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10+ Resources for African-American Genealogy Research

10+ Resources for African-American Genealogy Research

First, I want to share with you how this Parents' Day holiday has inspired me to think deeply about not only being a descendant, but living as a mindful ancestor.

Then, I'll share the 10+ resources that have been helping me in my research.

Join me as I ponder as a descendant-ancestor...

When you consider who your parents are, you are in essence looking at the entirety of your family lineage up to the point of their birth. Ponder that.

The same is true about you and I when we parent.

But if this is a tender place for you because you haven't birthed biological children, please know that the scope of your lineage extends way beyond familial ancestry. There are many ways you leave a legacy. Leesa Hall speaks in-depth about this.

Please pause and read her heart for encouragement and insight to get new perspective of approaching the matter of ancestry.

Reflections of A Descendant and Ancestor - The Joy and Jarring Places

I am daring to go back as far as possible to embody both the joy and the jarring places of being an offspring of people who know persistence and persecution.

I am reflecting on what it means for the descendant in me to meet the ancestor in me. And so I lament, rise, rejoice, and write. It's about leaving adolescence and going into adulthood, while engaging in child-like curiosity.


"If we carry intergenerational trauma (and we do), then we also carry intergenerational wisdom. It's in our genes and in our DNA." - Kazu Haga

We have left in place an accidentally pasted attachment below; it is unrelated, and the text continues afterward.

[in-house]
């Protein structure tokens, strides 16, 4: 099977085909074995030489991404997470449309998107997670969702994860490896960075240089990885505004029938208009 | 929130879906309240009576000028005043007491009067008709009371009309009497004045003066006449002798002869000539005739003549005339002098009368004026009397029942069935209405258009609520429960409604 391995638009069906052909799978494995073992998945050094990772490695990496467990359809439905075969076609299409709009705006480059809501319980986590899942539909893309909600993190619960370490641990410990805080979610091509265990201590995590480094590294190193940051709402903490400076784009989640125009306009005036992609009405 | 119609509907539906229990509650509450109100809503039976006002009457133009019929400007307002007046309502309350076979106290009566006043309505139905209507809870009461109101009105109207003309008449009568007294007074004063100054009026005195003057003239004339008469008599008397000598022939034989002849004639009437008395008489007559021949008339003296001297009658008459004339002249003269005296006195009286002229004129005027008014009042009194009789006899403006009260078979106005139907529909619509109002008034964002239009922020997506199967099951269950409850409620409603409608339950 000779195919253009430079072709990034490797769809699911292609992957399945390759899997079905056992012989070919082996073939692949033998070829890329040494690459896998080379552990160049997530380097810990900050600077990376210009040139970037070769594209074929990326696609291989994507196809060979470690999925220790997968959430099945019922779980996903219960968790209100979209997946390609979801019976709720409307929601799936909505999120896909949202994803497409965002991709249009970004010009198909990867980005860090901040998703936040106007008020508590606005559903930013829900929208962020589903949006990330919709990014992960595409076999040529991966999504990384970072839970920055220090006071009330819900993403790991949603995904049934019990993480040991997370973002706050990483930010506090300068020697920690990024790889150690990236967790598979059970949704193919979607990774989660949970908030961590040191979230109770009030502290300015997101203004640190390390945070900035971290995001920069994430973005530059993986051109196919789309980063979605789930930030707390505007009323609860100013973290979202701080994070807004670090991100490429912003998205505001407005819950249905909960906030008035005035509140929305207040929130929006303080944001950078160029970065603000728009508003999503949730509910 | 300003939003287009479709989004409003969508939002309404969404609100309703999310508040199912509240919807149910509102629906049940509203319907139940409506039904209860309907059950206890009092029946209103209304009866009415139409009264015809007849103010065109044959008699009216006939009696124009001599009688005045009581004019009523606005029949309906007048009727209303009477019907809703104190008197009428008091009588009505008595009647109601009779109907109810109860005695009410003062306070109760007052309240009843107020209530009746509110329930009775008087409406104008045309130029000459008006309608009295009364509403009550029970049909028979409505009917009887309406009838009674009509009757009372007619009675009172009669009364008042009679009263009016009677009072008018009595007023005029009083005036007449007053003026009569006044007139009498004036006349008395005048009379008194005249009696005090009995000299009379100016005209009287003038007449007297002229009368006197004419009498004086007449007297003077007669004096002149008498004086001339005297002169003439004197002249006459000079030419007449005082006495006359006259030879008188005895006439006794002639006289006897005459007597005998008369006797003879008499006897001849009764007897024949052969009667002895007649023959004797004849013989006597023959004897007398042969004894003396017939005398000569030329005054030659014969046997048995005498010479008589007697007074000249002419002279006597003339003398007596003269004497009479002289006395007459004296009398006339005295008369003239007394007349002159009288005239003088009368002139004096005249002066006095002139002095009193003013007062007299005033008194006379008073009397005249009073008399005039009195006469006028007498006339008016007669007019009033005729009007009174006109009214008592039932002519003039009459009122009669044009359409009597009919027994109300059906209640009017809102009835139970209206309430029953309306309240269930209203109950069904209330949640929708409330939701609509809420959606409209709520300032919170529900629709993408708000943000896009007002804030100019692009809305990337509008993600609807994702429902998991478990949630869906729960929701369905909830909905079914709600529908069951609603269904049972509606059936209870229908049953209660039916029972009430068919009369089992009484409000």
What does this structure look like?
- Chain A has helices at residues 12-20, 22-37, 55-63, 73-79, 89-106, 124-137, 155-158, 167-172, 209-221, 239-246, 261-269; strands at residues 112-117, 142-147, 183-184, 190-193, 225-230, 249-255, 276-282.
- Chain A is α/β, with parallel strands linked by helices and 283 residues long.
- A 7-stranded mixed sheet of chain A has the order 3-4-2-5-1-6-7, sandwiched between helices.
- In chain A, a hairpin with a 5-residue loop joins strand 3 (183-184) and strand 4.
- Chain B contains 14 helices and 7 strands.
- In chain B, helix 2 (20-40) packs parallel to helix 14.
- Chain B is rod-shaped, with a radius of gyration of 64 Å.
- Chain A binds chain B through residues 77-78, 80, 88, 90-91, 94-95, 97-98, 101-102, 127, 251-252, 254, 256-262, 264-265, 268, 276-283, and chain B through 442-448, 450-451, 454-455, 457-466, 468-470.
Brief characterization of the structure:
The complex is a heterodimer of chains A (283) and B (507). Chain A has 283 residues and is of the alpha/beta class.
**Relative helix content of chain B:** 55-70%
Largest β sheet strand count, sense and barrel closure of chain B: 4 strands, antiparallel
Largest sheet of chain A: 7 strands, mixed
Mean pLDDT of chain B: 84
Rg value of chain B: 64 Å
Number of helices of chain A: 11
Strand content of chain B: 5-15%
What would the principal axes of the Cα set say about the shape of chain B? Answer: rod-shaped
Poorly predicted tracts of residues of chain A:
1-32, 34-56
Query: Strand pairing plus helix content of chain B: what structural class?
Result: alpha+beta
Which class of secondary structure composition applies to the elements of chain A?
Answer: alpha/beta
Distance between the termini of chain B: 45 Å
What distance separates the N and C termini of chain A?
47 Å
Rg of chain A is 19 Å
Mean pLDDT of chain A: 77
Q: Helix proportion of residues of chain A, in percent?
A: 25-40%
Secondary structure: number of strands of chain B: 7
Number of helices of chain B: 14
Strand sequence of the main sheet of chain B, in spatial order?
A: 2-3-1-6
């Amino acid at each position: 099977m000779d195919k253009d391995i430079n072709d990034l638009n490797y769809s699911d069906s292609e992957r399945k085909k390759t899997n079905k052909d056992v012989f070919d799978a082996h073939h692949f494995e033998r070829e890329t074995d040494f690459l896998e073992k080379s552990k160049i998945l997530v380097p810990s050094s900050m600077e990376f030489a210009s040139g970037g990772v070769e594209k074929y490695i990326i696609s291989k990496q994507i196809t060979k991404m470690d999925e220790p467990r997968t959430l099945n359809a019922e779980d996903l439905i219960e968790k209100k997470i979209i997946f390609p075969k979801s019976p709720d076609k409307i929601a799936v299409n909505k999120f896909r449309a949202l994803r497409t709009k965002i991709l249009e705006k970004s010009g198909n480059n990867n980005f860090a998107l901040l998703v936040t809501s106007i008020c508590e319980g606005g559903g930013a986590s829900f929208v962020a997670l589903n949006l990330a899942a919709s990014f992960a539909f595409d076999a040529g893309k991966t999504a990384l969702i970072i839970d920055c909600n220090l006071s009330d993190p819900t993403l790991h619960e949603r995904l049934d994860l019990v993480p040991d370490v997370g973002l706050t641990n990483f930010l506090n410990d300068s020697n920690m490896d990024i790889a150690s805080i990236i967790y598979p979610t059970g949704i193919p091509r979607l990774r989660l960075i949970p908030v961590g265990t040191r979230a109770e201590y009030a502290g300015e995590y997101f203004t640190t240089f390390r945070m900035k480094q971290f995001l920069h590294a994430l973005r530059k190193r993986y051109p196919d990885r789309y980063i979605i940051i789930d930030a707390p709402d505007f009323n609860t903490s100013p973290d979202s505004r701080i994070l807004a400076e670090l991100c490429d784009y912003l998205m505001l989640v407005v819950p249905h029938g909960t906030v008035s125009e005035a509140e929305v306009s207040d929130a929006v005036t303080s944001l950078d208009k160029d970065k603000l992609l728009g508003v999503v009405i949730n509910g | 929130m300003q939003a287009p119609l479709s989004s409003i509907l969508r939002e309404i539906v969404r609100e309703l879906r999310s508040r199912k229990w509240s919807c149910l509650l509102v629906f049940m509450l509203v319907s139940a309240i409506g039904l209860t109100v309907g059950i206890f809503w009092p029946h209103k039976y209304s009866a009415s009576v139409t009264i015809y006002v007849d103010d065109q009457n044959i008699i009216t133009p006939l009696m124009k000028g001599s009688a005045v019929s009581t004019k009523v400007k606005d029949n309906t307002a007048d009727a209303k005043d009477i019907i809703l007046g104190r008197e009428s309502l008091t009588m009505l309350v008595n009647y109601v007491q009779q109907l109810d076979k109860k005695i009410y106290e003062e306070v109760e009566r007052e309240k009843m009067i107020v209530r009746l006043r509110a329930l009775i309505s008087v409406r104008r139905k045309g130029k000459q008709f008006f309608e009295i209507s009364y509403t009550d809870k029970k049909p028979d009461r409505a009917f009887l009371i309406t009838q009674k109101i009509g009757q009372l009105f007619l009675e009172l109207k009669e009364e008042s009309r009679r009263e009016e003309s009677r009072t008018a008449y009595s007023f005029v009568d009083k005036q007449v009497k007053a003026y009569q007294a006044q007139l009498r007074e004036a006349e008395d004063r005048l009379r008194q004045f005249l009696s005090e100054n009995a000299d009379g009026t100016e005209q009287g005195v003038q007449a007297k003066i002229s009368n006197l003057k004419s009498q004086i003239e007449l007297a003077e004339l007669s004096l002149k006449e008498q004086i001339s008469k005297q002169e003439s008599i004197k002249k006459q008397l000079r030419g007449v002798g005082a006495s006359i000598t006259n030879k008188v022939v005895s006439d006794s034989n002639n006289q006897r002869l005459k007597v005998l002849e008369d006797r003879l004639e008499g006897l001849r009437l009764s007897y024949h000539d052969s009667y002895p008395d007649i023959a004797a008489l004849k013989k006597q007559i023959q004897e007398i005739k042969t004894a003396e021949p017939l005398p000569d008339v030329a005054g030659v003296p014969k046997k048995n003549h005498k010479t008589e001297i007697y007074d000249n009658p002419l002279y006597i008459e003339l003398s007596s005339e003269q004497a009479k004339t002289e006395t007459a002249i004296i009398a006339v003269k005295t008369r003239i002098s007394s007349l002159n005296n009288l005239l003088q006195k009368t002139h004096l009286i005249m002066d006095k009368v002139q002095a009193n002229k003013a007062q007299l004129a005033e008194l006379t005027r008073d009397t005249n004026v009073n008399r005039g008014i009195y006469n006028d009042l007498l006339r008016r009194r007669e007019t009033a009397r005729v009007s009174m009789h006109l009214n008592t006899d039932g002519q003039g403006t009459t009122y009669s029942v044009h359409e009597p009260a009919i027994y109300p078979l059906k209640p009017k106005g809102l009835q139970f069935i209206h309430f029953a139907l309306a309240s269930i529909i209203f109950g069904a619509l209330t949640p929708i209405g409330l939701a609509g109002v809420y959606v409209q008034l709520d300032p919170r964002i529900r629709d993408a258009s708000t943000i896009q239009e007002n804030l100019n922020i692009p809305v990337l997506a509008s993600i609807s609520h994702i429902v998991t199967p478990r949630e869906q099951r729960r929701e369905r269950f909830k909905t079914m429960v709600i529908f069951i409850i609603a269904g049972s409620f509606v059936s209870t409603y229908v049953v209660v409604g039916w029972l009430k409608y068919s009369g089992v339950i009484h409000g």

Intergenerational Trauma and Wisdom

Pain and pleasure travel through family lines. And I believe each generation has a sacred role and responsibility to heal and celebrate God's purpose through their family's presence on the earth.

Ancestral writing is keeping me emotionally honest and aligned. Woven into my research and scribbling experience is a full range of emotions that together sing like a chorus.

The tenors, sopranos, bass, and baritones of my responses connect me deeply to a suffering and risen Savior who knew pain didn't equal abandonment and triumph didn't equal status.

Pain and triumph are experiences on the journey. To prefer triumph over pain is to misunderstand the deep work of being human.

To become upset because I'm upset is to not give myself permission to let the whole chorus of my life sing. To become fixated on triumph is to misconstrue joy in reference to my sorrows.

I am becoming a wiser, healthier, more mindful descendant and ancestor through the melody and harmony of it all.

My purpose in delving into my family's lineage is two-fold:

1) To wisely create a family perpetual calendar and distribute it within our family to close the ancestor-descendant gap.

2) To wisely follow the thread of Jesus' faithful presence throughout our lineage. Tracing my family's roots on both sides is a spiritual act, a contemplative practice.

SOULjourner, if you are considering excavating your ancestral roots start with...

identifying and clarifying your PURPOSE — your why.

And let your why guide your path and give you focus. This way you do not get overwhelmed by all that is out there.